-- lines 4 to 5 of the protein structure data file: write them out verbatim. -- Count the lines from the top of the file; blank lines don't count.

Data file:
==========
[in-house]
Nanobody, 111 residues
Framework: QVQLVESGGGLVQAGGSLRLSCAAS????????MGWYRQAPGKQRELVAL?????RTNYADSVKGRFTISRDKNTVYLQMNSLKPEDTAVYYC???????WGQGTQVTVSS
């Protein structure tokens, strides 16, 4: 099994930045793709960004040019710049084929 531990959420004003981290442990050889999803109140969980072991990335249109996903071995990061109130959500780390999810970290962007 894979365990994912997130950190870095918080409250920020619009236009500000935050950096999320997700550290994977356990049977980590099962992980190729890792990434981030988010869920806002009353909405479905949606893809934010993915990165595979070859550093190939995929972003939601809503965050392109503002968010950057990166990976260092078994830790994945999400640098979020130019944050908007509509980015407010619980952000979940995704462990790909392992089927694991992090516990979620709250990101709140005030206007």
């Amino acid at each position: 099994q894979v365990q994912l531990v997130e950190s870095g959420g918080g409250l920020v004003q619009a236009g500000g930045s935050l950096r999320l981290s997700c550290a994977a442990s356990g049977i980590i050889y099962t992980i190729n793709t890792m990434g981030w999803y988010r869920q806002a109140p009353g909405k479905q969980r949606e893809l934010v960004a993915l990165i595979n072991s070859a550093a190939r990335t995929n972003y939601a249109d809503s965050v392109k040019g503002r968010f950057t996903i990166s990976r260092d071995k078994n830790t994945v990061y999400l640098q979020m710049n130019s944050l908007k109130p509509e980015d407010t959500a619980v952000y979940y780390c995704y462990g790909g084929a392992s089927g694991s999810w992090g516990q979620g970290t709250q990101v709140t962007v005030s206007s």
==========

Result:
């Protein structure tokens, strides 16, 4: 099994930045793709960004040019710049084929 531990959420004003981290442990050889999803109140969980072991990335249109996903071995990061109130959500780390999810970290962007 894979365990994912997130950190870095918080409250920020619009236009500000935050950096999320997700550290994977356990049977980590099962992980190729890792990434981030988010869920806002009353909405479905949606893809934010993915990165595979070859550093190939995929972003939601809503965050392109503002968010950057990166990976260092078994830790994945999400640098979020130019944050908007509509980015407010619980952000979940995704462990790909392992089927694991992090516990979620709250990101709140005030206007």
């Amino acid at each position: 099994q894979v365990q994912l531990v997130e950190s870095g959420g918080g409250l920020v004003q619009a236009g500000g930045s935050l950096r999320l981290s997700c550290a994977a442990s356990g049977i980590i050889y099962t992980i190729n793709t890792m990434g981030w999803y988010r869920q806002a109140p009353g909405k479905q969980r949606e893809l934010v960004a993915l990165i595979n072991s070859a550093a190939r990335t995929n972003y939601a249109d809503s965050v392109k040019g503002r968010f950057t996903i990166s990976r260092d071995k078994n830790t994945v990061y999400l640098q979020m710049n130019s944050l908007k109130p509509e980015d407010t959500a619980v952000y979940y780390c995704y462990g790909g084929a392992s089927g694991s999810w992090g516990q979620g970290t709250q990101v709140t962007v005030s206007s």